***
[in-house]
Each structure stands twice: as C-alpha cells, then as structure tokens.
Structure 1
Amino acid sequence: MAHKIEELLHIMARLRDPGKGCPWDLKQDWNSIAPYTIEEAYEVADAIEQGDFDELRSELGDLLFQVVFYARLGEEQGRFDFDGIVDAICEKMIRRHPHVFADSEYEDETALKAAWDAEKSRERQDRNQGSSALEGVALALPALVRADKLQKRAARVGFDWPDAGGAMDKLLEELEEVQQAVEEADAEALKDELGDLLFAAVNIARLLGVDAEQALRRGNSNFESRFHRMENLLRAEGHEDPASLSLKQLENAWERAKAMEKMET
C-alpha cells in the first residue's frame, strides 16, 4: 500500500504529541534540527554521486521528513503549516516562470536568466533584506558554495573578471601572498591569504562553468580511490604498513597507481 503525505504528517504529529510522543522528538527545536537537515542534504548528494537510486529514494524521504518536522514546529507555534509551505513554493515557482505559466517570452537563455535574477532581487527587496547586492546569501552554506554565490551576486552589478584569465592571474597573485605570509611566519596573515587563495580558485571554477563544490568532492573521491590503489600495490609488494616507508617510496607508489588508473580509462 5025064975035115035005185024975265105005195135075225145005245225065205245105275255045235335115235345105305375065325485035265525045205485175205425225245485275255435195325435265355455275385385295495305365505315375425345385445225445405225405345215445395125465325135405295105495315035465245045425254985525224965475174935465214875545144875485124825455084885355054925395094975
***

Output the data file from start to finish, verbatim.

[in-house]
Each structure stands twice: as C-alpha cells, then as structure tokens.
Structure 1
Amino acid sequence: MAHKIEELLHIMARLRDPGKGCPWDLKQDWNSIAPYTIEEAYEVADAIEQGDFDELRSELGDLLFQVVFYARLGEEQGRFDFDGIVDAICEKMIRRHPHVFADSEYEDETALKAAWDAEKSRERQDRNQGSSALEGVALALPALVRADKLQKRAARVGFDWPDAGGAMDKLLEELEEVQQAVEEADAEALKDELGDLLFAAVNIARLLGVDAEQALRRGNSNFESRFHRMENLLRAEGHEDPASLSLKQLENAWERAKAMEKMET
C-alpha cells in the first residue's frame, strides 16, 4: 500500500504529541534540527554521486521528513503549516516562470536568466533584506558554495573578471601572498591569504562553468580511490604498513597507481 503525505504528517504529529510522543522528538527545536537537515542534504548528494537510486529514494524521504518536522514546529507555534509551505513554493515557482505559466517570452537563455535574477532581487527587496547586492546569501552554506554565490551576486552589478584569465592571474597573485605570509611566519596573515587563495580558485571554477563544490568532492573521491590503489600495490609488494616507508617510496607508489588508473580509462 5025064975035115035005185024975265105005195135075225145005245225065205245105275255045235335115235345105305375065325485035265525045205485175205425225245485275255435195325435265355455275385385295495305365505315375425345385445225445405225405345215445395125465325135405295105495315035465245045425254985525224965475174935465214875545144875485124825455084885355054925395094975